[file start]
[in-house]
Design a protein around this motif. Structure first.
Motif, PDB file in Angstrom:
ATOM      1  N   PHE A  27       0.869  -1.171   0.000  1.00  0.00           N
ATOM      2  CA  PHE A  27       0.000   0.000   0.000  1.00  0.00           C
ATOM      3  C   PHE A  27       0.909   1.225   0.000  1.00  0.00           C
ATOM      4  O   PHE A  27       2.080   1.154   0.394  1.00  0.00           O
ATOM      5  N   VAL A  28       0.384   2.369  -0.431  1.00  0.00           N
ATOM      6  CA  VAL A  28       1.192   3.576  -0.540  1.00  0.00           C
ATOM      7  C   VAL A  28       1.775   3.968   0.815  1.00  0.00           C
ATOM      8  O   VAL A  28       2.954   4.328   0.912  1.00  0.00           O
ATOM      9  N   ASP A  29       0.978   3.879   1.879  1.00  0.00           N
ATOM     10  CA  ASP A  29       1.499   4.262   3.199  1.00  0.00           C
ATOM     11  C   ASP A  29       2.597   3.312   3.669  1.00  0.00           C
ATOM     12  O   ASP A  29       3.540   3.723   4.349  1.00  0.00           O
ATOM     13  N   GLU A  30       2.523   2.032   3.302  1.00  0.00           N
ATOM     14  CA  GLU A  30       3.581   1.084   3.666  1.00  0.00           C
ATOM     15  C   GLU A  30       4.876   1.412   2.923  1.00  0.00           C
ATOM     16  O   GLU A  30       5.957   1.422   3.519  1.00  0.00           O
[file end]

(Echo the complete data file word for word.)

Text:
[in-house]
Design a protein around this motif. Structure first.
Motif, PDB file in Angstrom:
ATOM      1  N   PHE A  27       0.869  -1.171   0.000  1.00  0.00           N
ATOM      2  CA  PHE A  27       0.000   0.000   0.000  1.00  0.00           C
ATOM      3  C   PHE A  27       0.909   1.225   0.000  1.00  0.00           C
ATOM      4  O   PHE A  27       2.080   1.154   0.394  1.00  0.00           O
ATOM      5  N   VAL A  28       0.384   2.369  -0.431  1.00  0.00           N
ATOM      6  CA  VAL A  28       1.192   3.576  -0.540  1.00  0.00           C
ATOM      7  C   VAL A  28       1.775   3.968   0.815  1.00  0.00           C
ATOM      8  O   VAL A  28       2.954   4.328   0.912  1.00  0.00           O
ATOM      9  N   ASP A  29       0.978   3.879   1.879  1.00  0.00           N
ATOM     10  CA  ASP A  29       1.499   4.262   3.199  1.00  0.00           C
ATOM     11  C   ASP A  29       2.597   3.312   3.669  1.00  0.00           C
ATOM     12  O   ASP A  29       3.540   3.723   4.349  1.00  0.00           O
ATOM     13  N   GLU A  30       2.523   2.032   3.302  1.00  0.00           N
ATOM     14  CA  GLU A  30       3.581   1.084   3.666  1.00  0.00           C
ATOM     15  C   GLU A  30       4.876   1.412   2.923  1.00  0.00           C
ATOM     16  O   GLU A  30       5.957   1.422   3.519  1.00  0.00           O